A visit to the RSPB site at Burton Mere wetlands
Last week we made the relatively short journey from home (less than an hour in the car) to the RSPB Burton Mere wetlands site over in Neston. The site itself is on land that has been reclaimed from the Dee estuary and the wetlands are now home to a decent variety of wading birds and wildfowl.
It’s very easy to spend a few hours here and the site is really well set out and really well maintained. There is a series of raised wooden walkways along with well constructed blinds and hides. The site also has good parking, a place to purchase drinks and snacks and clean well maintained toilet facilities.
It’s a place I am certain we will return to several times before the year is out.
Down amongst the reedbeds
Amongst the reedbeds and at various times of the years are warblers, herons, egrets and kingfishers. We didn’t see egrets and kingfishers during our visit but we did see a decent variety of birds, including: sedge warblers, reed warblers, white throats, gadwalls, black tailed godwits and pied avocets.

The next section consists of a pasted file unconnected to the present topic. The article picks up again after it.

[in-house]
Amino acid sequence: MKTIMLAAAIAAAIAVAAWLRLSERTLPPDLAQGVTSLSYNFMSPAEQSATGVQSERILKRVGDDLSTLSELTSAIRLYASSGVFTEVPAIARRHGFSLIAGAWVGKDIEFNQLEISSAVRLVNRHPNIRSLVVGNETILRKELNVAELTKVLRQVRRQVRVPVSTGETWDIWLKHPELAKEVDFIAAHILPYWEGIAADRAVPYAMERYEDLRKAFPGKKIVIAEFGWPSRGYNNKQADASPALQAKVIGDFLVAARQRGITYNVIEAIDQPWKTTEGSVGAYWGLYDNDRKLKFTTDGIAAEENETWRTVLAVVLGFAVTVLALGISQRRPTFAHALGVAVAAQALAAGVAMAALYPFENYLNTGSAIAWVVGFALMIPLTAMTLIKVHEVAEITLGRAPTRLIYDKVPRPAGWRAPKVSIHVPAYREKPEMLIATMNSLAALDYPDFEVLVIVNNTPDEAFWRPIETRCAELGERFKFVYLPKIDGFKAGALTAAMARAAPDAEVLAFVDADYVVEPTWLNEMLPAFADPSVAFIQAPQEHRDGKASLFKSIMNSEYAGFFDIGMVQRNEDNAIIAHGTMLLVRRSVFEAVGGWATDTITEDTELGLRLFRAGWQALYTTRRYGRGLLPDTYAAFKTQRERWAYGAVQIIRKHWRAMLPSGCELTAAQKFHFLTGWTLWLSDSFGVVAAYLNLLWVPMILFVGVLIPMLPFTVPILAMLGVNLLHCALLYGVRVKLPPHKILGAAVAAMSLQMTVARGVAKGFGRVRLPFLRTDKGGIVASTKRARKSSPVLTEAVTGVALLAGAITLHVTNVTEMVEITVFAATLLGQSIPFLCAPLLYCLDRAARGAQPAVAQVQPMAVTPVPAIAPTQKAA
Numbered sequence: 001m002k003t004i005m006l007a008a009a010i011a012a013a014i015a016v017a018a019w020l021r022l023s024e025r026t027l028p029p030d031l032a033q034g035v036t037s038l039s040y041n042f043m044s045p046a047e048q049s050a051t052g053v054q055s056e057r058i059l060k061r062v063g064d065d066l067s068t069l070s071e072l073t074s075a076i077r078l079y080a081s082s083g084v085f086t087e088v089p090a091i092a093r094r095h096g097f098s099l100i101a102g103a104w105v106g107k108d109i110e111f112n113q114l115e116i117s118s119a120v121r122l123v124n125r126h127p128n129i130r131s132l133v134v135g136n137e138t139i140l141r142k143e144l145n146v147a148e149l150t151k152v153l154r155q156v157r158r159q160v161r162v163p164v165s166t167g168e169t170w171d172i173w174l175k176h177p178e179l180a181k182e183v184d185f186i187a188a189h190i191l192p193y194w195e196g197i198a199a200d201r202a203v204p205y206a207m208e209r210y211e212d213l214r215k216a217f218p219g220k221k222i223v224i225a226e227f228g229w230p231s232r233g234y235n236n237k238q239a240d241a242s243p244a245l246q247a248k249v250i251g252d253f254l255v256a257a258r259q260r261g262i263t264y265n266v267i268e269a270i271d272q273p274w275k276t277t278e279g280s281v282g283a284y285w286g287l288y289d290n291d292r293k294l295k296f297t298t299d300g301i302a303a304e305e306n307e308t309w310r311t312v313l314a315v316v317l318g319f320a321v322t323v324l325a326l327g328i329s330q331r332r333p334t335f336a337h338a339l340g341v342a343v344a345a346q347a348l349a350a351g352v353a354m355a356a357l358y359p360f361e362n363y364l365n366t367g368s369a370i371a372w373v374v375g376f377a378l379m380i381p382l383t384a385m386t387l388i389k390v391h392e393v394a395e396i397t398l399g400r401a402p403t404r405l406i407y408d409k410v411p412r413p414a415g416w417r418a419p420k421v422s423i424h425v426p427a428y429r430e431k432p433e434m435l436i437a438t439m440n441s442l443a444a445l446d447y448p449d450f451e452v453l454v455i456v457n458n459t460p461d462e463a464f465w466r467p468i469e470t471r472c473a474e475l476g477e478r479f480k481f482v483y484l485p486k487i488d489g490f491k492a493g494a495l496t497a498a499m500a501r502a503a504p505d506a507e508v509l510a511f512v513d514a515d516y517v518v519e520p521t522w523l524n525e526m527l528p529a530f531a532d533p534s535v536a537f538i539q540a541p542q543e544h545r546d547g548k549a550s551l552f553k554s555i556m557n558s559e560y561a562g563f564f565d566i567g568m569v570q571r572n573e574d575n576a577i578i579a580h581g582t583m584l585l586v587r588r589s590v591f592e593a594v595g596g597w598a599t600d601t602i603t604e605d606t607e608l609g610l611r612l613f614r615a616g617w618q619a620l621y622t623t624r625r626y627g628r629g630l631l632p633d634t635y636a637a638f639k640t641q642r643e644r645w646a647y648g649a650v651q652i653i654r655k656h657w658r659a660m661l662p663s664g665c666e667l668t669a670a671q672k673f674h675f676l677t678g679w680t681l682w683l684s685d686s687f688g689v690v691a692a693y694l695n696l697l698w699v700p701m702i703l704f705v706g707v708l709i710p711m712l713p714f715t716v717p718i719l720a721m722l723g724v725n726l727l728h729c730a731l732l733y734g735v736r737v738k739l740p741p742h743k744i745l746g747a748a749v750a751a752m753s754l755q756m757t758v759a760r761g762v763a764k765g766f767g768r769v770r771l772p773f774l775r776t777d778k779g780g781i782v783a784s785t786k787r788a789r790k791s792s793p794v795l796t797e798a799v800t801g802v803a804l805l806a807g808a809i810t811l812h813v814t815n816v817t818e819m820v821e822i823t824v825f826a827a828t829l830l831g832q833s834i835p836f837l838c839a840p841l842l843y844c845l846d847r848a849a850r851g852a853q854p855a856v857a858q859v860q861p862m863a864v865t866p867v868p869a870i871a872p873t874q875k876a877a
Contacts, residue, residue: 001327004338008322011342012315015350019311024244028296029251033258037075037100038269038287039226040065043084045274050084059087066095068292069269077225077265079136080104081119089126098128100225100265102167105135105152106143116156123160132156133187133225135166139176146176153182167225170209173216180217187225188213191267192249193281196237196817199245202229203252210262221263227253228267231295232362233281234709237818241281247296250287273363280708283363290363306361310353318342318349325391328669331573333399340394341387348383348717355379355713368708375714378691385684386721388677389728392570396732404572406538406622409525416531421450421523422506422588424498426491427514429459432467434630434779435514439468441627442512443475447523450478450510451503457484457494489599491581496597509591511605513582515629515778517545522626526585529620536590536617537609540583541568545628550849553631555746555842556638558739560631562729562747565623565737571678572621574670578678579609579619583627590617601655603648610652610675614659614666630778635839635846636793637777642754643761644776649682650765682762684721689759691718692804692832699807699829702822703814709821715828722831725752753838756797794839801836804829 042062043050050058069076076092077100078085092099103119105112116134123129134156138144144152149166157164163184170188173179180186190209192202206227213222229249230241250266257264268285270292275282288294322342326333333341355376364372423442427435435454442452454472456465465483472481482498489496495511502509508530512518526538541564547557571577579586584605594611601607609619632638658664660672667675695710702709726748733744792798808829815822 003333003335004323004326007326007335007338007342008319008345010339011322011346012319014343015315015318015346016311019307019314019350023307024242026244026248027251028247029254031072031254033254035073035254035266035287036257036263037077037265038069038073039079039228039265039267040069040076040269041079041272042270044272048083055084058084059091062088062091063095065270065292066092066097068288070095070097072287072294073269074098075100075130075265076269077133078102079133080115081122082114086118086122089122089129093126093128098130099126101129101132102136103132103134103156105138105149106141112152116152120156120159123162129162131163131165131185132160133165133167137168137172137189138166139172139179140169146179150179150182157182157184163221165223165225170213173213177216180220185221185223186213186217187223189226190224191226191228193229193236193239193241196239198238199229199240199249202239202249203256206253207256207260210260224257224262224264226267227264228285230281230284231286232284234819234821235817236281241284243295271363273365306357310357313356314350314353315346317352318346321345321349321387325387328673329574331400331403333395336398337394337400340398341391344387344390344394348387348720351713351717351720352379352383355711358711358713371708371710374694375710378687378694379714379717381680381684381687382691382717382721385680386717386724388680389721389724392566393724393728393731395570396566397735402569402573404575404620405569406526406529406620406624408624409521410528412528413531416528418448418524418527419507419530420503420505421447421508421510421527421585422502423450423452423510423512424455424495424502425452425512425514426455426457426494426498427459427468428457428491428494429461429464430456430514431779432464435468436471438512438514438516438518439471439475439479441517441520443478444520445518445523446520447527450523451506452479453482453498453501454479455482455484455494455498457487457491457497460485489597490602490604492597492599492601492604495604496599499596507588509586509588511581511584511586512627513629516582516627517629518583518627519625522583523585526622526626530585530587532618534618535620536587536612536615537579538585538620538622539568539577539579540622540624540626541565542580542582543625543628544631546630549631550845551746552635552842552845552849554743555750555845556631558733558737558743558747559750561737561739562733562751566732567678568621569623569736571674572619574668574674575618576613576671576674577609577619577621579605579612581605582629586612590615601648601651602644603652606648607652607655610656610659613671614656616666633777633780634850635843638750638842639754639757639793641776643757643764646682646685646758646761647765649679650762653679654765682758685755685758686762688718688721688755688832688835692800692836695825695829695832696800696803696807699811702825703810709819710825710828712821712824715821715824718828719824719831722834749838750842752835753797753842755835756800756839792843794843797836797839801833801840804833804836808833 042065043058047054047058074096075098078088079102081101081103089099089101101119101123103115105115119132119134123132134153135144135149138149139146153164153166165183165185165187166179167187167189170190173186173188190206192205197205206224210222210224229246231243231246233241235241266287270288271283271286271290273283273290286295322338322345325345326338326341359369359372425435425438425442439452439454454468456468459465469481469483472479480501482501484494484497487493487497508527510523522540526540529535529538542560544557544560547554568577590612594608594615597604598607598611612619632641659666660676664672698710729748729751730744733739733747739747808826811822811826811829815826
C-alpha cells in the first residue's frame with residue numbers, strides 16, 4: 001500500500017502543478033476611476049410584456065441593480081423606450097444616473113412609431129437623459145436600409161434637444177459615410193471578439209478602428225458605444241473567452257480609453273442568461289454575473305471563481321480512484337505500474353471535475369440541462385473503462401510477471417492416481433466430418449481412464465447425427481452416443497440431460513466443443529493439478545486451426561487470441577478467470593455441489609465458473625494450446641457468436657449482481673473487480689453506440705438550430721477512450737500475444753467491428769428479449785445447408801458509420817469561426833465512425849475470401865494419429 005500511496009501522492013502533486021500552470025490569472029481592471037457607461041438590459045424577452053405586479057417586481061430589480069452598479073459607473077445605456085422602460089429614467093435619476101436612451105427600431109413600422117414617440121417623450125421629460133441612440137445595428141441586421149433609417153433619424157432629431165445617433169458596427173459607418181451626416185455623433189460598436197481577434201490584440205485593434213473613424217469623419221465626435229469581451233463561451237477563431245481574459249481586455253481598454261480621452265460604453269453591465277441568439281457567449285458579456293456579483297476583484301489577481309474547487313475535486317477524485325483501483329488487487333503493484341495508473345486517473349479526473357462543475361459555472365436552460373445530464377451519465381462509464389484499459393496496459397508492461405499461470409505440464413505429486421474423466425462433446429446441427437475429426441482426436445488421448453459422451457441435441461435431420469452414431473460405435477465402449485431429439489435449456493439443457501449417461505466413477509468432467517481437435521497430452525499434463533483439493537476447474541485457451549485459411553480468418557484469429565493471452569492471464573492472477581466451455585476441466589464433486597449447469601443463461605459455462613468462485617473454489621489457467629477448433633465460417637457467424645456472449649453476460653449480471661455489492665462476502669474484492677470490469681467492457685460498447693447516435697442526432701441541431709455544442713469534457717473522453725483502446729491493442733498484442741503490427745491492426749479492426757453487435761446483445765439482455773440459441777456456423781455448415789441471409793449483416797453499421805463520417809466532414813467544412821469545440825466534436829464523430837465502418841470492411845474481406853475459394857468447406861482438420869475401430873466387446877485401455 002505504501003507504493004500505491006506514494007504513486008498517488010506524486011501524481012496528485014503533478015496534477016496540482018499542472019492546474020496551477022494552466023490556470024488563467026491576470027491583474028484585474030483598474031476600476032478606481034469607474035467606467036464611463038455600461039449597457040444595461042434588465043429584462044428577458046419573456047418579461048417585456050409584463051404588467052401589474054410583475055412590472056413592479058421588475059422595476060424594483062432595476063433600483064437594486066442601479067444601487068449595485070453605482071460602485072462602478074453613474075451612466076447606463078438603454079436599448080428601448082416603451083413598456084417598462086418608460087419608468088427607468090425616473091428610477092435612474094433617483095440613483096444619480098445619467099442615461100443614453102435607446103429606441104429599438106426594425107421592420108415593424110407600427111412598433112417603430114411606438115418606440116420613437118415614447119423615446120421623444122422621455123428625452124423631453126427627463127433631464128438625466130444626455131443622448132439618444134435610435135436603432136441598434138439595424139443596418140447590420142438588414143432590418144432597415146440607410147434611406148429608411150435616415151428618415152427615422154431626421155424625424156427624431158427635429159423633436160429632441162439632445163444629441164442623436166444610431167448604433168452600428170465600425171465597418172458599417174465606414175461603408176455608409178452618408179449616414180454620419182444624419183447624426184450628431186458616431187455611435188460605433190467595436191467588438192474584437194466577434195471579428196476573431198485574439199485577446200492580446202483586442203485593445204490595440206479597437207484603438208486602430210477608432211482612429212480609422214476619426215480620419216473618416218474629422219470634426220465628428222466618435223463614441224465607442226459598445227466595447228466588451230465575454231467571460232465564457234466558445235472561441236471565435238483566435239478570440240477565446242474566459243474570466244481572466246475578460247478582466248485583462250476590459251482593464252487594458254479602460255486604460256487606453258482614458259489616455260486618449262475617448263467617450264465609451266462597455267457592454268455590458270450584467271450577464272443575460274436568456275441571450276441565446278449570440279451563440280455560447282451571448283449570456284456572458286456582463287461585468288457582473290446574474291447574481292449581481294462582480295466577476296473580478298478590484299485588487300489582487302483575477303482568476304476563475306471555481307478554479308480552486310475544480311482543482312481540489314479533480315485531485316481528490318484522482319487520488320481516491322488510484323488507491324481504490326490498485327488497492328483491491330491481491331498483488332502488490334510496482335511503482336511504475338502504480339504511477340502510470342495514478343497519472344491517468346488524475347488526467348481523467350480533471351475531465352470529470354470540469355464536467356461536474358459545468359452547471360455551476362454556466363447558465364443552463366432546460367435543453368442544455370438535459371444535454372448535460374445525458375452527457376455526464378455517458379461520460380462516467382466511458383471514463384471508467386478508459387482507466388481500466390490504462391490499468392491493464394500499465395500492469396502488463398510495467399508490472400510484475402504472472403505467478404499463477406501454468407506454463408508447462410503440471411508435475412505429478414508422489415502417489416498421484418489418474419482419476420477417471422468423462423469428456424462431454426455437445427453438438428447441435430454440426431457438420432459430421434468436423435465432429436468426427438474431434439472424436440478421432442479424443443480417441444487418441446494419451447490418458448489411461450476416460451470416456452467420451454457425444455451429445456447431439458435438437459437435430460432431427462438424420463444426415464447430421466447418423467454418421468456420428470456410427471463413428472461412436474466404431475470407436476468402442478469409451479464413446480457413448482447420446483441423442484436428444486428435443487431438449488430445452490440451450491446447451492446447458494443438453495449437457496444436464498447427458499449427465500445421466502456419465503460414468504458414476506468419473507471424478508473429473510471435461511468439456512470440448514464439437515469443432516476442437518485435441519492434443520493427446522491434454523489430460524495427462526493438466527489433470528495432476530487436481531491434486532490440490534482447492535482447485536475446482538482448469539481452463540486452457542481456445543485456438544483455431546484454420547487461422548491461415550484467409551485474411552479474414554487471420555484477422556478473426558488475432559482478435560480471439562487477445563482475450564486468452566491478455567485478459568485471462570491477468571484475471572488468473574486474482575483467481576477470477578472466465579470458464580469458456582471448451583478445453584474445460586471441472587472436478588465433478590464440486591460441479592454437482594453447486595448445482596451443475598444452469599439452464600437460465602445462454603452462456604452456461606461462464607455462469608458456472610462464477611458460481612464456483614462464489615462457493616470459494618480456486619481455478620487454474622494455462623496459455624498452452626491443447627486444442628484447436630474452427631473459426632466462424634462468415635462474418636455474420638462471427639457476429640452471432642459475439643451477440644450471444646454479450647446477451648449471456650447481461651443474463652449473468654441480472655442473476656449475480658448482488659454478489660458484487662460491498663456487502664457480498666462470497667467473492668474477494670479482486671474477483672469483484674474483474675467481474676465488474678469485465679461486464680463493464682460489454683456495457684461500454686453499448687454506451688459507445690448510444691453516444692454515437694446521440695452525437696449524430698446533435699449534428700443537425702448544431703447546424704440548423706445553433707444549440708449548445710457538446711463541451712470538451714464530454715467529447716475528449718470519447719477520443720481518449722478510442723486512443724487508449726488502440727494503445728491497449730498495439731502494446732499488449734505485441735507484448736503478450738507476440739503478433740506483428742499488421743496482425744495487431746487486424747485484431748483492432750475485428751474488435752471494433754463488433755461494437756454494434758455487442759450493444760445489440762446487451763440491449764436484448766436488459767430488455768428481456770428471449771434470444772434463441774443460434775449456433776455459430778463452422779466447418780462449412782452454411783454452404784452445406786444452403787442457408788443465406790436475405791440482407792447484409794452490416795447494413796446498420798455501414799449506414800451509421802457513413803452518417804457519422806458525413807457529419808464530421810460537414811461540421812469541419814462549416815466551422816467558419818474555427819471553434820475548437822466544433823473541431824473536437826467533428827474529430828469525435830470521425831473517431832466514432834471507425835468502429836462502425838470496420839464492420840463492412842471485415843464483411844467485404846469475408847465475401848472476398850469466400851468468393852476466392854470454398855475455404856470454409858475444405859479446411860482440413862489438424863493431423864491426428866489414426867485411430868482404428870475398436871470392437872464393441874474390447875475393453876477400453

Established over 35 years
The wetlands reserve itself was first established back in 1986 when a crop field that had been abandoned was purchased from the local council and developed into what is has now become.
I gather from reading some of the information on the official website that an ongoing priority for the RSPB is ‘managing the wet grassland for breeding lapwings in spring and summer, whilst smaller numbers of redshanks also nest here. This is achieved through seasonal cattle grazing and mowing to keep the grass short, removal of rushes and weeds like ragwort.’
Plenty to see and easy to get round
It’s easy enough to get around the site. Paths and walkways are well marked and well ordered. Whist visiting the birds we saw included avocets – which are described as one of the star birds of the wetlands site and that nest on one of the small islands.
I understand that in winter the water in the wetlands is held at a higher level and the area becomes a home to vast flocks of wildfowl and wading birds.
Further information on the RSPB web site states that ‘the pools and ditches provide ample food for little egrets, with one of the country’s largest colonies nesting in an adjacent woodland. Less common great white egrets and cattle egrets are regular visitors and are hoped to establish themselves on the estuary soon.’
All in all a cracking place to visit.
Photographing the birds at Burton Mere proved challenging and in truth and for a variety of reasons I was not altogether happy with the quality of the photographs that I returned with – I hope to do better next time.
Clicking on any of the images below will open a photograph gallery that you can click or scroll through.